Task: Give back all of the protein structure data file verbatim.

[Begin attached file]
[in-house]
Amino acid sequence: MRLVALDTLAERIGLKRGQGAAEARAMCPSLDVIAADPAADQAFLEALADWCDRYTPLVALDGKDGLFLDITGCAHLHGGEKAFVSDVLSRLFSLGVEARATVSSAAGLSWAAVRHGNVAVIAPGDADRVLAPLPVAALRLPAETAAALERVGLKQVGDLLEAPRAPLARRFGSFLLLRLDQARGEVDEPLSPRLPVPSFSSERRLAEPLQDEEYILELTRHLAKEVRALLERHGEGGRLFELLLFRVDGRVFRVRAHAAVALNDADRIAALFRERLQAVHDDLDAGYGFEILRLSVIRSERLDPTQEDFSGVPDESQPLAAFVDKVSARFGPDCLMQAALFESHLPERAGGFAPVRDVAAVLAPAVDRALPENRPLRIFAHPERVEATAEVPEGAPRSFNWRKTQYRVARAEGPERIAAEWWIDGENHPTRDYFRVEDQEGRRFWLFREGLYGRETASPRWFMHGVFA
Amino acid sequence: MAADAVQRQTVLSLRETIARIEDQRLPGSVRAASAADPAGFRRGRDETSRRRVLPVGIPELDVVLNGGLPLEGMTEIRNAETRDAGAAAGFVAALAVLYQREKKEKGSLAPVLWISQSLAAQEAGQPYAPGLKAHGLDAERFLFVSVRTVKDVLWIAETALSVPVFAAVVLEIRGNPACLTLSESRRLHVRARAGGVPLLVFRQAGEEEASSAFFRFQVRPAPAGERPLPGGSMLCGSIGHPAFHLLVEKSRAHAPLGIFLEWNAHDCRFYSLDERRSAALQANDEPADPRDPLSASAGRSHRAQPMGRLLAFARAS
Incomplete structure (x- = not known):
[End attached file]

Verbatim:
[in-house]
Amino acid sequence: MRLVALDTLAERIGLKRGQGAAEARAMCPSLDVIAADPAADQAFLEALADWCDRYTPLVALDGKDGLFLDITGCAHLHGGEKAFVSDVLSRLFSLGVEARATVSSAAGLSWAAVRHGNVAVIAPGDADRVLAPLPVAALRLPAETAAALERVGLKQVGDLLEAPRAPLARRFGSFLLLRLDQARGEVDEPLSPRLPVPSFSSERRLAEPLQDEEYILELTRHLAKEVRALLERHGEGGRLFELLLFRVDGRVFRVRAHAAVALNDADRIAALFRERLQAVHDDLDAGYGFEILRLSVIRSERLDPTQEDFSGVPDESQPLAAFVDKVSARFGPDCLMQAALFESHLPERAGGFAPVRDVAAVLAPAVDRALPENRPLRIFAHPERVEATAEVPEGAPRSFNWRKTQYRVARAEGPERIAAEWWIDGENHPTRDYFRVEDQEGRRFWLFREGLYGRETASPRWFMHGVFA
Amino acid sequence: MAADAVQRQTVLSLRETIARIEDQRLPGSVRAASAADPAGFRRGRDETSRRRVLPVGIPELDVVLNGGLPLEGMTEIRNAETRDAGAAAGFVAALAVLYQREKKEKGSLAPVLWISQSLAAQEAGQPYAPGLKAHGLDAERFLFVSVRTVKDVLWIAETALSVPVFAAVVLEIRGNPACLTLSESRRLHVRARAGGVPLLVFRQAGEEEASSAFFRFQVRPAPAGERPLPGGSMLCGSIGHPAFHLLVEKSRAHAPLGIFLEWNAHDCRFYSLDERRSAALQANDEPADPRDPLSASAGRSHRAQPMGRLLAFARAS
Incomplete structure (x- = not known):